Bury Wildlife

Grasshoppers Acrididae

Common Green Grasshopper - Omocestus viridulus

Length 14-23 mm. The female is always dorsally green but males can be olive-brown. They never have any red or orange on the abdomen. Winged and flies well, but wings never exceed the end of the body. Found in coarse grass in moist situations. It is often abundant in parkland, meadows and along woodland rides. The first of the grasshoppers to appear in numbers, nymphs can be found from late April or May. Adults appear from July and survive into November. Side keels (Seen Back of head/neck) narrower at front than at rear and slightly indented. Several colour forms shown.

 

Meadow Grasshopper - Chorthippus parallelus

The pronotums of these two have almost parallel side keels. Length 10-23 mm. Green-coloured but often with brown wings and sometimes entirely brown coloured. Pronotal side-keels only very slightly incurved. Some adult females are a vivid pinkish purple. Males are long-winged, while females are usually short-winged. It is found amongst long grass, which it eats.Long season with nymphs hatching in April. Adults appear by June and remain abundant through to September, some may survive into November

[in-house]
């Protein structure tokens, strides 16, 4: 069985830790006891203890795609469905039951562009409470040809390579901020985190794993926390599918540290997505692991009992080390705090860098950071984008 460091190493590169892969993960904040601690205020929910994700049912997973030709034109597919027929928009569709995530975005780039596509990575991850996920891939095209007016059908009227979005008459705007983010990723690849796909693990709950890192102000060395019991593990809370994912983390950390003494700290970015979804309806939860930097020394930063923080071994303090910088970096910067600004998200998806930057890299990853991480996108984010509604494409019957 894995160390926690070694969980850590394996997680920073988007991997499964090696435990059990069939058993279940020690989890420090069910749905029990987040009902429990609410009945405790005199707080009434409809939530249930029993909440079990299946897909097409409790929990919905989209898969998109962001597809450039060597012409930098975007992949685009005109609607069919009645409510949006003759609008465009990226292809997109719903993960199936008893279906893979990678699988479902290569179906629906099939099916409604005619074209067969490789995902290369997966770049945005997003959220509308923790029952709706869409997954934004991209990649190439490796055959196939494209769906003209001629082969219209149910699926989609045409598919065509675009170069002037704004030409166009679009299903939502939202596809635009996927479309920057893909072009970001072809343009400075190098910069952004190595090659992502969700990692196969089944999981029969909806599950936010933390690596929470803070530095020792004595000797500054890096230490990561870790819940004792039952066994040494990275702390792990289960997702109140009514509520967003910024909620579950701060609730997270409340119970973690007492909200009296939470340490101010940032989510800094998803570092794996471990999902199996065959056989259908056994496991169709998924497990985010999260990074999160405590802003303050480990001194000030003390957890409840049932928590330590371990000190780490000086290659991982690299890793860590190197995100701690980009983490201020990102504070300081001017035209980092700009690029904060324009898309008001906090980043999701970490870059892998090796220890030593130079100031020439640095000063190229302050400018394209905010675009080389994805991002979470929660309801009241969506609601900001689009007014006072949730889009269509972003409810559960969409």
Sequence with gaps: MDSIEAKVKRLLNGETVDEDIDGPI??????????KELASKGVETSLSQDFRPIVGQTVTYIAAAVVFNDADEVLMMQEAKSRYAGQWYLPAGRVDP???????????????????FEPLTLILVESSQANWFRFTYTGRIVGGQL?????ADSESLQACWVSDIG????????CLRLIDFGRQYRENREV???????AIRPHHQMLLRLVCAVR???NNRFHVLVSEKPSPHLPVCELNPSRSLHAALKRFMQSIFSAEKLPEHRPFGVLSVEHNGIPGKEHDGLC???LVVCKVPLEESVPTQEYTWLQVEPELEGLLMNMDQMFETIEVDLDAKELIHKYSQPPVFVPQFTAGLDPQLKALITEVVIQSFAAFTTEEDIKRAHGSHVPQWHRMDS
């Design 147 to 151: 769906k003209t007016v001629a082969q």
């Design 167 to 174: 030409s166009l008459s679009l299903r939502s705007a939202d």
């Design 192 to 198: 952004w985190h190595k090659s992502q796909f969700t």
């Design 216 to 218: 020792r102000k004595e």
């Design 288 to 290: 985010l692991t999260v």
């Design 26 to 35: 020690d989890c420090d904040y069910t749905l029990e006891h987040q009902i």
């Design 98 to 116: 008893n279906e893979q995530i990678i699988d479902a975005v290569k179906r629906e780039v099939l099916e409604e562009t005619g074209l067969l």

Common Field Grasshopper - Chorthippus brunneus

Side keels much narrower or deeply indented at middle than ends. Length 15-25 mm. Brownish, but the colour varies, striped and mottled forms occur with parts of the body varying from buff through orange to purple. Sharply incurved pronotal side-keels. The dark wedges on the pronotum don't reach the . Short vegetation in dry, sunny situations

 

Common Groundhopper - Tetrix undulata

Distinguished from grasshoppers by smaller size (c.10 mm), 'heavily armoured' appearance

and by its extended pronotum which covers the whole of the abdomen. Variable in colour,

from mottled grey/dirty green to various shades of brown/reddish/ black. This species

cannot fly.